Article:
Whilst applications in the luxury market were limited, this principle was ideal for the Swatch. When released in 1983, the Swatch was a unique product with a case which followed its function perfectly. It was reasonably robust and yet was highly inexpensive. Whilst discussing the Swatch one cannot neglect the fact that, alongside the return of the appeal of luxury mechanical watches, this watch returned the lifeblood of the Swiss watch industry. For that alone, it deserves an awful lot of respect.
Where the Bauhaus emphasis of this article if concerned, this piece was utterly true to its materials with no attempt to conceal its plastic components: a rather revolutionary stride for the Swiss. The Swatch also combined the playfulness of imaginative & artistic designs with the time — the absolute necessity. Together, these attributes quite accidentally formed a timepiece with the same lasting presence & good intent as the Bauhaus itself.
For more, take a look at the Swatch website.
NOMOS Glashütte Tangente, 1990 –
NOMOS Glashütte (or simply Nomos) was founded in 1990 in the historic town of Glashutte in Saxony, the heart of the German watchmaking industry. Created just after the fall of the Berlin wall, Nomos has since grown to a significant size and produces a wide range of Bauhaus-inspired watches.
Interestingly, the watch which is undoubtedly most true to this movement is the Tangente which was one of the first models released. With a polished steel case, angled lugs & an exquisitely simple silvered dial, this piece takes direct inspiration from the watches of Stowa of the 1930s, but more on that later. The Tangente is available in both automatic and manual configurations whilst no unnecessary function compromises the purposeful design. If you want one of these watches, you are offered a maximum of the time, the date & the power reserve.
“…Nomos was instrumental in the restoration of Bauhaus aesthetics to watchmaking…”
The dial design is of quietly good quality with thermally blued hands, small seconds & Arabic numerals with an obvious legibility entirely in line with the forward-looking Bauhaus school. However, this is not actually why these watches were included in this article. In reality, they belong here due to what the brand has achieved for this style.
Whilst the Stowa equivalent is well made & more authentic, Nomos has been extremely serious with its philosophy thus deserving placement on this list. The obvious proof is Nomos Glashuette’s membership of the Deutscher Werkbund, a union of German artists, designers & architects which was co-founded in 1907 by Peter Behrens, a mentor to both major heads of the Bauhaus: Ludwig Mies van der Rohe & Walter Gropius. To add to this, Nomos was instrumental in the restoration of Bauhaus aesthetics to watchmaking with their enduring commitment to this design.
For more, take a look at the NOMOS Glashütte website.
A. Lange & Söhne Saxonia, 1994 –
The final celebration of Bauhaus principles put into wheels, springs and gears is from another company which appeared after the restoration of modern Germany in 1989. This is the A. Lange & Söhne Saxonia — the simplest watch released by this historic company upon its return to the market after a near-50 year hiatus.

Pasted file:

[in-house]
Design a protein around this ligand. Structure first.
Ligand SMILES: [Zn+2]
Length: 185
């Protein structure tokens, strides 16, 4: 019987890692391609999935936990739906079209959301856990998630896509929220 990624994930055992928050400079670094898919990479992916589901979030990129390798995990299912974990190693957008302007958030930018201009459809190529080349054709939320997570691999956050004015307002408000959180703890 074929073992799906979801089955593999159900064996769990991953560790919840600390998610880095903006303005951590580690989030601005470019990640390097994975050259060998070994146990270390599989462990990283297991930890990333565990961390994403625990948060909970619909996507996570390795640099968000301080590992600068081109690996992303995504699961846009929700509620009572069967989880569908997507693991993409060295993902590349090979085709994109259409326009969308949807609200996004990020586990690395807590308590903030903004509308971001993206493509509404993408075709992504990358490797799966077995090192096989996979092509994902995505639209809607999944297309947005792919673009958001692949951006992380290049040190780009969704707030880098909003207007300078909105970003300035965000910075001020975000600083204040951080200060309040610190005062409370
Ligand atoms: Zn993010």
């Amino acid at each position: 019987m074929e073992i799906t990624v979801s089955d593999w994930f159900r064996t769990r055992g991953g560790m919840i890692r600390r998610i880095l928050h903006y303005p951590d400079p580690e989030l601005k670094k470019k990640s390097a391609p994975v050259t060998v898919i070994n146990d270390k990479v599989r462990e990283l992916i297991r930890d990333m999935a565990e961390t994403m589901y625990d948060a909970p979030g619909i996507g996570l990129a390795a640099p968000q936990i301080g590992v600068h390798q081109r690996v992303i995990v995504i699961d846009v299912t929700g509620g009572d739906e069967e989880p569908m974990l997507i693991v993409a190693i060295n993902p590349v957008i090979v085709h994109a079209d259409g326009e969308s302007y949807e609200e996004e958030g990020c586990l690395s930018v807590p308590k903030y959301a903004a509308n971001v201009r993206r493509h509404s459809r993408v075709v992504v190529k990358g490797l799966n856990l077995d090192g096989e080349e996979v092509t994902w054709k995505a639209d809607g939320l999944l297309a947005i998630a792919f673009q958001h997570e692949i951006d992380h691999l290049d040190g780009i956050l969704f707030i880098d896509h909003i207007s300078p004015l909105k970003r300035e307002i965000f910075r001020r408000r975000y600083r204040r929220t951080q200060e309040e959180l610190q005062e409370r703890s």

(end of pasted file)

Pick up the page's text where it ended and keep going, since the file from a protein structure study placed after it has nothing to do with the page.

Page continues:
Available through the years in a myriad of different executions simple & complex, the Saxonia illustrates another term central to the spirit of the Bauhaus: Gesamtkunstwerk. This Teutonically complicated word describes the synthesis of different artforms to create a “comprehensive artwork”, or in the case of this watch a “comprehensive wristwatch”. It also successfully follows Gropius’ statement; “Art and Technology — A New Unity”.
On the face of things, the Saxonia is utterly Bauhaus in its simplicity by offering, if desired, only the time on a simple case with detached lugs. However, the reason for this watch’s inclusion in this article goes beyond simplicity or even its association with Bauhaus designs in its 1930s pieces. It deserves to be here due to Lange’s endeavour to elevate manual skills to a world-class level in a modern world, something dear to the principles of Bauhaus’ unified school & technical college.
The gold case of this watch is a sublime achievement of brushing, bevelling & polishing for uncompromising quality. In the same way, all that is present on the dial is given superlative attention. All in gold, the hands are curved & centrally capped whilst the phenomenally delicate indices are sharply bevelled to catch the light.
“…the same culture of craftsmanship which drove the Bauhaus.”
On its reverse, the caseback displays an in-house movement corresponding to the features chosen. In any case, it will be made to an genuinely irreproachable standard. Even the most pared-back version offers a drool-inducing level of detailing from the gold chatons held in place by thermally blued screws to the striping across the mainplate. Most eye-catching is the hand-engraved balance cock which requires experience & a very steady hand to create from the same German silver as the rest of the movement. Functionality also remains with a 72-hour power reserve thus satisfying the need for practicality.
These aspects add up to create a watch which, whilst anything but attainable, carries in its components the same culture of craftsmanship which drove the Bauhaus. The very same culture guided the guilds in Germany for hundreds of years thus forming the backdrop for the establishment of the aforementioned school.
For more, take a look at the A. Lange & Söhne website.
In today’s culture of nostalgia, the Bauhaus & its unique approach to design feels closer than ever before as we become more attuned to the subtleties of design. This is especially the case in as passionate a circle as that of watch enthusiasts. In any case, the Bauhaus’ impact upon the world remains tremendous & its centenary deserves a moment of reflection upon just what we have gained as watch enthusiasts from its existence.
Tell me in the comment section below what you feel the Bauhaus’ greatest effect has been upon the watch industry.